Paul too could say in the light of God’s promise and at the bar of his own wonderful experience – ‘The Son of God loved me and gave Himself for me.’ The Christian woman who once exclaimed, ‘I have Christ in my heart; I have Christ in His promise, and I have Christ in Heaven,’ gave voice to what we know of this personal nature of God’s love.
A man sat one day in a garden. It was a warm day in summer, and the flowers, which were in full bloom, danced in a gentle wind. Resting quietly in his chair he remarked: ‘How wonderful to be here! And the sun is all mine!’ He did not mean, of course, that he had exclusive possession of all the natural blessings which streamed from the great day star.
He knew that many millions of others could quite properly say the same. And yet his words were correct and appropriate, for the whole sun with its life, warmth and light was truly his. So might every Christian also say of Christ, the ‘Sun of Righteousness’ – ‘He is all mine: His love is in my heart: His life is in my soul: His light is in my mind. He Who is the Light of the heavenly world dwells also in my heart by faith.’
The story is told of a young Christian man who once crossed one of those bays which are such an attractive feature of our Scottish West Coast. He was alone. The bay was broad, but a kindly wind filled his sail so that he arrived at the other side without mishap. On being asked by a friend how it fared with him across the stretch of sea he quietly answered, ‘The wind favoured me, and the Lord was with me.’ ‘I know,’ replied his friend, that the wind favoured you, but how can you tell that God was with you?’ The impressive answer was: ‘No one ever had Him but found Him warm in his heart.’ Christ in other words, had become the sun of his soul. He had the presence and love of a personal Redeemer in his heart - and he knew it.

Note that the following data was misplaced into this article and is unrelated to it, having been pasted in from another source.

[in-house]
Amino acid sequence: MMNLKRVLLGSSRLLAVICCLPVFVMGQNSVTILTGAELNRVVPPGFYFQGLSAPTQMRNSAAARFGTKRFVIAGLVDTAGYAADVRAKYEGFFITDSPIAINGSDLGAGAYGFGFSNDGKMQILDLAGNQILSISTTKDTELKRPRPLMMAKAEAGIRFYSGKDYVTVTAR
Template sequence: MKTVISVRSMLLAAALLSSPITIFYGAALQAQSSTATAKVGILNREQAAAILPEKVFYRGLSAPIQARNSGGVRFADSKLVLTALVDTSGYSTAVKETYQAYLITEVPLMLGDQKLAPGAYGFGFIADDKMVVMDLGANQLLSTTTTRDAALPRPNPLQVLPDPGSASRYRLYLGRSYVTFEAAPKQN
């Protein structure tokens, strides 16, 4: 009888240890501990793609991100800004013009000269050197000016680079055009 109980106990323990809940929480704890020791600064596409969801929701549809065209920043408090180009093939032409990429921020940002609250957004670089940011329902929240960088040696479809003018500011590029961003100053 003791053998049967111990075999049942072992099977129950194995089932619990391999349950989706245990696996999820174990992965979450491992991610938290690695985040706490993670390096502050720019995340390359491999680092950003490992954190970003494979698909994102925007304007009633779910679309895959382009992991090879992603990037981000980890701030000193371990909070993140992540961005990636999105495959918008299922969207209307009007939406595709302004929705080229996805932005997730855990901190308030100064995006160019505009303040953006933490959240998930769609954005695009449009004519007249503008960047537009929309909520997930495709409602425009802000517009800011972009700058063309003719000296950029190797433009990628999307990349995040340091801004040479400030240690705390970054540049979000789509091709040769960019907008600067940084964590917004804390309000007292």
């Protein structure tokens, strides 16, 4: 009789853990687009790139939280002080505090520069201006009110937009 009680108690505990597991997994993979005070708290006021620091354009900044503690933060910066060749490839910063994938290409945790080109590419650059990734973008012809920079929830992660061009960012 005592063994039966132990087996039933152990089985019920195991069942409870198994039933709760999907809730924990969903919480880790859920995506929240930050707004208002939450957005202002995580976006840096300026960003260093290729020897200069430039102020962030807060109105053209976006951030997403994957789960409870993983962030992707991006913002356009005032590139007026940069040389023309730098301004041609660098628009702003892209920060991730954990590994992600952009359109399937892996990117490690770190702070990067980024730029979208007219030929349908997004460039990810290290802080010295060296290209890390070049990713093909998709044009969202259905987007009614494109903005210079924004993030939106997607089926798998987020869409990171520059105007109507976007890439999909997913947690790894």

A golden-haired little girl once lived in a Ross-shire parish. This little girl had a problem which she could not solve: ‘How can Jesus be in our heart and also in Heaven?’ An older friend tried to solve her difficulty by pointing to the sun in the sky. If we turn our eyes to the sun, a little sun may be seen in our own eyes too. So when by faith we look to Jesus, the ‘bright and morning Star,’ a perfect image of Him is begotten in our hearts.
There is only one sun in the sky; but a true image of it may be seen in millions of eyes at the same time - if they but look toward it. And the little sun which is in the eye of the beholder is as real as the big sun which is up there in the sky! The Christ, in other words, Who is in Heaven is the Christ Who dwells in our hearts by faith.
These are but figures that may help us to see that, while God and His love belong to all His people, He is, entirely and forever, and in a very real sense, the personal possession of each one. He is married to each one within the tie of a personal covenant. ‘My Beloved is mine, and I am His.’ This is the universal testimony of Christian experience.